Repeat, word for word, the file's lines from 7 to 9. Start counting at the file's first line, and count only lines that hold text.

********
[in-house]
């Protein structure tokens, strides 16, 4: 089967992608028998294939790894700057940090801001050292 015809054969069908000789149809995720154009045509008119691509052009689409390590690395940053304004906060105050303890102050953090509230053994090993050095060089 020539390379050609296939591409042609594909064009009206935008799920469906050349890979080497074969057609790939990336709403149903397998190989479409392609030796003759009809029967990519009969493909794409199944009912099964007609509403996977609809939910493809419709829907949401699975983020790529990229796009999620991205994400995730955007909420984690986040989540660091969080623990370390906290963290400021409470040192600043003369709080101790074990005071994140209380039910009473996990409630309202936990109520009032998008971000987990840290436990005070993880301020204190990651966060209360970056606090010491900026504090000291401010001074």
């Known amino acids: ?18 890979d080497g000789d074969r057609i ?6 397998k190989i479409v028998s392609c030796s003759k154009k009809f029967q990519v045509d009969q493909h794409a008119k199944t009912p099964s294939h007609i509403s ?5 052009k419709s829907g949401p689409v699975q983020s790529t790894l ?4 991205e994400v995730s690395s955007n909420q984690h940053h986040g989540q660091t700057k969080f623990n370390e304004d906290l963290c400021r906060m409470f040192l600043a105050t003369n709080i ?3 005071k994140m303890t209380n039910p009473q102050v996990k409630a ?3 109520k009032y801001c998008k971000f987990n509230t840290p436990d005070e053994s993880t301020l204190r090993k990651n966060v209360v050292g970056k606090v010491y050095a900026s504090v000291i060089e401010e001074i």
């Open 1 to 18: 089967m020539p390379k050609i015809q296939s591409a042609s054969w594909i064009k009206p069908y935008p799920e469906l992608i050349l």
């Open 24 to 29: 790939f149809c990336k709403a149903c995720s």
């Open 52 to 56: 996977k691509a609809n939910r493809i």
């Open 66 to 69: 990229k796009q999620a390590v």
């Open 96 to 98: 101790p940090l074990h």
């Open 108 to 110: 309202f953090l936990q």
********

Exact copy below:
């Open 66 to 69: 990229k796009q999620a390590v």
């Open 96 to 98: 101790p940090l074990h």
């Open 108 to 110: 309202f953090l936990q």